Hawaii residents are suing to preserve a historic pier crowded with tourists


a century ago Hawaii’s Mala Wharf was built as a mooring for transport steamships Pineapple and sugar cane in front of the island. (It was ultimately unsuccessful for that purpose, as currents that were too strong hindered its landing.) But after that heyday of World War IIthe port of Maui fell into a desolate state – and was finally decimated by Hurricane Iniki in 1992.

Over those three decades, the port has grown into a hugely popular tourist destination in Hawaii, considered a premier snorkeling and diving spot. and residents according to a KITV report posted on April 7, are unhappy at how crowded the area has become with tourists – fueled in large part by social media and the internet in general. (After all, almost the entire first page of Google searches for Mala Kai are tourist and diving websites.)

Now a coalition of Maui residents is suing the Hawaii Department of Land and Natural Resources, KITV reports, saying it failed to adequately regulate the level of commercial activity at Mala Wharf. Sixteen companies have received commercial permits, the station reports, but many other unregistered companies are believed to operate boat tours, snorkeling and diving programs, and other underwater adventures at the pier.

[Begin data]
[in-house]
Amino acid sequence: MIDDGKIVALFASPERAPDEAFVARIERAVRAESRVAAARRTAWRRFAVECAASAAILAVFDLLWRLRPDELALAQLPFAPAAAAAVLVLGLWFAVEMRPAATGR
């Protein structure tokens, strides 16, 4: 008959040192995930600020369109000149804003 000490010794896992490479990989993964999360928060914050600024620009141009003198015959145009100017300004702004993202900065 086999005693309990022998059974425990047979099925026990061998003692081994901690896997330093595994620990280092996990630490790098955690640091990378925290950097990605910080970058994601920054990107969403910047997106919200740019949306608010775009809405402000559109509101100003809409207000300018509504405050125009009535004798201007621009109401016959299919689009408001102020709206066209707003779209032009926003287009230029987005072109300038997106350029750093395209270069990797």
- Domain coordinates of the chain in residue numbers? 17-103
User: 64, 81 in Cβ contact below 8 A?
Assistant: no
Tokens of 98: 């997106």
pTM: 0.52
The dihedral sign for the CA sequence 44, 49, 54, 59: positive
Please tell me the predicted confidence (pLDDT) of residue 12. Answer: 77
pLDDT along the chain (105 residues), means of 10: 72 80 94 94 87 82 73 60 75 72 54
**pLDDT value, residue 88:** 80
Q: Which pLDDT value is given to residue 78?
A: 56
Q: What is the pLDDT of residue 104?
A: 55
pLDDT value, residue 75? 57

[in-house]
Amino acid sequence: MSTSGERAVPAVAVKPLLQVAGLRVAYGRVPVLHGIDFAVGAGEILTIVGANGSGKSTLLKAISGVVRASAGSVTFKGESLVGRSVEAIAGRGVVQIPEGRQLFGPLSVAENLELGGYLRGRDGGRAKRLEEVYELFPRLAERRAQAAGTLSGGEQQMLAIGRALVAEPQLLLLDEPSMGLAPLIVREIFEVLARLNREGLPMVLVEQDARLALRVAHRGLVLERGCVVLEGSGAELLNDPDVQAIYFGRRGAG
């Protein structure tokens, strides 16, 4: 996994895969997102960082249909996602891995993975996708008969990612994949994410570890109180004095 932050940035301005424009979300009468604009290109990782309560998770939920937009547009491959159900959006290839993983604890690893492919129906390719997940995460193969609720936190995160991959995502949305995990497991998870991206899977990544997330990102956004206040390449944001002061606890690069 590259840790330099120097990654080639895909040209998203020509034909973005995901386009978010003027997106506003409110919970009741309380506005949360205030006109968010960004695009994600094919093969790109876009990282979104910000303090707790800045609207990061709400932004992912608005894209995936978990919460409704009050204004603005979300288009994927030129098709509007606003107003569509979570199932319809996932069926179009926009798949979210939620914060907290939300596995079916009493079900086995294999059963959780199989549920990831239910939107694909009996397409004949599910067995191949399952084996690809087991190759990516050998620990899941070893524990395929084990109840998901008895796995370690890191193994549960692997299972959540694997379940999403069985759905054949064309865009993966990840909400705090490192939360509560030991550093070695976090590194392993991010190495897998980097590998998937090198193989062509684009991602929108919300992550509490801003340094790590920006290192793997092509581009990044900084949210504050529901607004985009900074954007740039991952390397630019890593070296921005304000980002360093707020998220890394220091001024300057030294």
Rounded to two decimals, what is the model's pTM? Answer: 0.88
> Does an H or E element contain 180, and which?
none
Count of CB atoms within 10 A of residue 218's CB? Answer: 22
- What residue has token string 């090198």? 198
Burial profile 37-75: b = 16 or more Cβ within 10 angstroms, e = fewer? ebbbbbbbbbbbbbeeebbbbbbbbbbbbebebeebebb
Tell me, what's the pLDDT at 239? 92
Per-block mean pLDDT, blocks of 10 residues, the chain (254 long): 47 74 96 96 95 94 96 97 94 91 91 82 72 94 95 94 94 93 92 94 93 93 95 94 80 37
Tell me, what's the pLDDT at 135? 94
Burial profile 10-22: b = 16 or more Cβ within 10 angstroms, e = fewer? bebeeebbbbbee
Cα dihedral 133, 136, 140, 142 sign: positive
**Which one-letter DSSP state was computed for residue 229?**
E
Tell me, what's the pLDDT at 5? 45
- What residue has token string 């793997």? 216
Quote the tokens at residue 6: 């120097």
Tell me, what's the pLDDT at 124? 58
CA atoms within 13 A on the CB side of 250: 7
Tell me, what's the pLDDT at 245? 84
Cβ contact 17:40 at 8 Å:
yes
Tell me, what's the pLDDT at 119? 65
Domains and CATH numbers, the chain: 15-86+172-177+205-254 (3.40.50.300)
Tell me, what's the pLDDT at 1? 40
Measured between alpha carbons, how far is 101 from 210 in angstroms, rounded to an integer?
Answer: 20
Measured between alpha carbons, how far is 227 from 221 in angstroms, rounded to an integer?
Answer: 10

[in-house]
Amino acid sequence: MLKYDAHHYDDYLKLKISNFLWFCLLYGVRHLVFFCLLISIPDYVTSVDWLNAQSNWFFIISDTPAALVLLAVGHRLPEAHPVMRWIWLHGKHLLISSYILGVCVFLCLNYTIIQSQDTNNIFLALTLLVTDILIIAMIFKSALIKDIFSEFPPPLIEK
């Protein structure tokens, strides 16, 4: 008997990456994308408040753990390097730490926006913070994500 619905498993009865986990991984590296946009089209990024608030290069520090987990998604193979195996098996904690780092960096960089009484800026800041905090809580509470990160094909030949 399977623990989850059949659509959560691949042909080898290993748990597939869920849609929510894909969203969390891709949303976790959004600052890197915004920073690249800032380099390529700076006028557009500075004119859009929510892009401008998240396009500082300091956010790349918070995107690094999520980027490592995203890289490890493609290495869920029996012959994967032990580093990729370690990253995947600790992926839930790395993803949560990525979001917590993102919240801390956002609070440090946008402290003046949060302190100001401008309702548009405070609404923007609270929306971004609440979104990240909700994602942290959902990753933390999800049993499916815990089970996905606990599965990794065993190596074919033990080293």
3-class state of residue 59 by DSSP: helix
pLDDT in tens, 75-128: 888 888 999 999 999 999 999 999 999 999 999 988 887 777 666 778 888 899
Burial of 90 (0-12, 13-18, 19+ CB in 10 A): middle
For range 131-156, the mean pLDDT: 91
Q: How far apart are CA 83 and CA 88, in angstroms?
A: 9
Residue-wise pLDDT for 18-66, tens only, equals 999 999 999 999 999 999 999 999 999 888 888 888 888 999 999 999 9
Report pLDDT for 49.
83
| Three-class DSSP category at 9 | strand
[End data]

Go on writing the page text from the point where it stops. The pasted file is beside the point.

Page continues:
As a result, native Hawaiians and residents are being excluded from the area.

“… They basically get a permit, and then they have a free hand on what to do down there,” attorney Christina Lizzi told KITV. “One problem with this is that the agency issues these permits without really looking at the laws it’s supposed to do when it does that.”

One of the clients Lizzi represents, Tiare Lawrence, is from Maui and says the sheer volume of crowds has prevented her and her family from participating in Hawaiian customs like fishing and canoeing.

“We’ve had situations where we’re launching our canoes, we don’t have trailer parking because all commercial operators are taking up all of the trailer parking,” Lawrence told the station.

KITV reports that two appeals are pending and a final decision is expected by June.

The Department of Land and Natural Resources declined to comment to SFGATE, citing pending litigation.


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